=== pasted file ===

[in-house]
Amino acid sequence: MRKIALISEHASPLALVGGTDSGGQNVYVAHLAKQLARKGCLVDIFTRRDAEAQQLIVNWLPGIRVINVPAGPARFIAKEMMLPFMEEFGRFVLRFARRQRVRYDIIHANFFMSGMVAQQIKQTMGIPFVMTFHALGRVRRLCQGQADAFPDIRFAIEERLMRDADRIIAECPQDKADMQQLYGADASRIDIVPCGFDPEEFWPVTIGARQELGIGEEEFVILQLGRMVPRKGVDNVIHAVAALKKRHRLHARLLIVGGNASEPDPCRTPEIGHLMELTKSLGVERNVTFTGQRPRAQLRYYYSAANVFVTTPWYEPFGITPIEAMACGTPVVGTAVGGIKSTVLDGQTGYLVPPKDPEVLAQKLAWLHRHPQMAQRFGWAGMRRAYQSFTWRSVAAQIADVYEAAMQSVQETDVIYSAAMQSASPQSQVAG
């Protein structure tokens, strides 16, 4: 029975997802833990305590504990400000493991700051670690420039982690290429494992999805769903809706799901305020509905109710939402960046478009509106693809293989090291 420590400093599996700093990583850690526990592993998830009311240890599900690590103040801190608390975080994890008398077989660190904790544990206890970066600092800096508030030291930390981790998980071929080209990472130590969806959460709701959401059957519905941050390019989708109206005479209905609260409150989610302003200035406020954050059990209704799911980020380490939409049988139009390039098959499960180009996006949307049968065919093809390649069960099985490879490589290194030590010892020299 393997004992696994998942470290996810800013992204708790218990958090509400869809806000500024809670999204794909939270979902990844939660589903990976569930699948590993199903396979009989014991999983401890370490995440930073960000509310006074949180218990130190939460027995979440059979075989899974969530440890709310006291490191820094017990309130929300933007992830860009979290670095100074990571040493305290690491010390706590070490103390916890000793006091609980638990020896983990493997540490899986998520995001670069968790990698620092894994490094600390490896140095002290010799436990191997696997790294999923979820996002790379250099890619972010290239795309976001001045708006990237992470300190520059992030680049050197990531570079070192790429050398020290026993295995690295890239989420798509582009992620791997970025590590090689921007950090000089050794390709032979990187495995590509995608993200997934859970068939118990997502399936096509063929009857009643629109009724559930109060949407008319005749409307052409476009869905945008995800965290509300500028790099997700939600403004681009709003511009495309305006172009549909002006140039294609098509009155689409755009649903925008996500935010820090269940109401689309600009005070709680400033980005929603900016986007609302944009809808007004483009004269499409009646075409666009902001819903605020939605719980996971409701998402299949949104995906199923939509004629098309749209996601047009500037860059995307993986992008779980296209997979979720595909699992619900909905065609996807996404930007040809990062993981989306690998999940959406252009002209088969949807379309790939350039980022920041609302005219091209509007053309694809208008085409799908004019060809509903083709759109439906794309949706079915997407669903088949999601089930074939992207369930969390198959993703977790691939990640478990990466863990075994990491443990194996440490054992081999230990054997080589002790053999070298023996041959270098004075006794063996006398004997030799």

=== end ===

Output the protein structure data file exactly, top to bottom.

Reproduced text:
[in-house]
Amino acid sequence: MRKIALISEHASPLALVGGTDSGGQNVYVAHLAKQLARKGCLVDIFTRRDAEAQQLIVNWLPGIRVINVPAGPARFIAKEMMLPFMEEFGRFVLRFARRQRVRYDIIHANFFMSGMVAQQIKQTMGIPFVMTFHALGRVRRLCQGQADAFPDIRFAIEERLMRDADRIIAECPQDKADMQQLYGADASRIDIVPCGFDPEEFWPVTIGARQELGIGEEEFVILQLGRMVPRKGVDNVIHAVAALKKRHRLHARLLIVGGNASEPDPCRTPEIGHLMELTKSLGVERNVTFTGQRPRAQLRYYYSAANVFVTTPWYEPFGITPIEAMACGTPVVGTAVGGIKSTVLDGQTGYLVPPKDPEVLAQKLAWLHRHPQMAQRFGWAGMRRAYQSFTWRSVAAQIADVYEAAMQSVQETDVIYSAAMQSASPQSQVAG
């Protein structure tokens, strides 16, 4: 029975997802833990305590504990400000493991700051670690420039982690290429494992999805769903809706799901305020509905109710939402960046478009509106693809293989090291 420590400093599996700093990583850690526990592993998830009311240890599900690590103040801190608390975080994890008398077989660190904790544990206890970066600092800096508030030291930390981790998980071929080209990472130590969806959460709701959401059957519905941050390019989708109206005479209905609260409150989610302003200035406020954050059990209704799911980020380490939409049988139009390039098959499960180009996006949307049968065919093809390649069960099985490879490589290194030590010892020299 393997004992696994998942470290996810800013992204708790218990958090509400869809806000500024809670999204794909939270979902990844939660589903990976569930699948590993199903396979009989014991999983401890370490995440930073960000509310006074949180218990130190939460027995979440059979075989899974969530440890709310006291490191820094017990309130929300933007992830860009979290670095100074990571040493305290690491010390706590070490103390916890000793006091609980638990020896983990493997540490899986998520995001670069968790990698620092894994490094600390490896140095002290010799436990191997696997790294999923979820996002790379250099890619972010290239795309976001001045708006990237992470300190520059992030680049050197990531570079070192790429050398020290026993295995690295890239989420798509582009992620791997970025590590090689921007950090000089050794390709032979990187495995590509995608993200997934859970068939118990997502399936096509063929009857009643629109009724559930109060949407008319005749409307052409476009869905945008995800965290509300500028790099997700939600403004681009709003511009495309305006172009549909002006140039294609098509009155689409755009649903925008996500935010820090269940109401689309600009005070709680400033980005929603900016986007609302944009809808007004483009004269499409009646075409666009902001819903605020939605719980996971409701998402299949949104995906199923939509004629098309749209996601047009500037860059995307993986992008779980296209997979979720595909699992619900909905065609996807996404930007040809990062993981989306690998999940959406252009002209088969949807379309790939350039980022920041609302005219091209509007053309694809208008085409799908004019060809509903083709759109439906794309949706079915997407669903088949999601089930074939992207369930969390198959993703977790691939990640478990990466863990075994990491443990194996440490054992081999230990054997080589002790053999070298023996041959270098004075006794063996006398004997030799």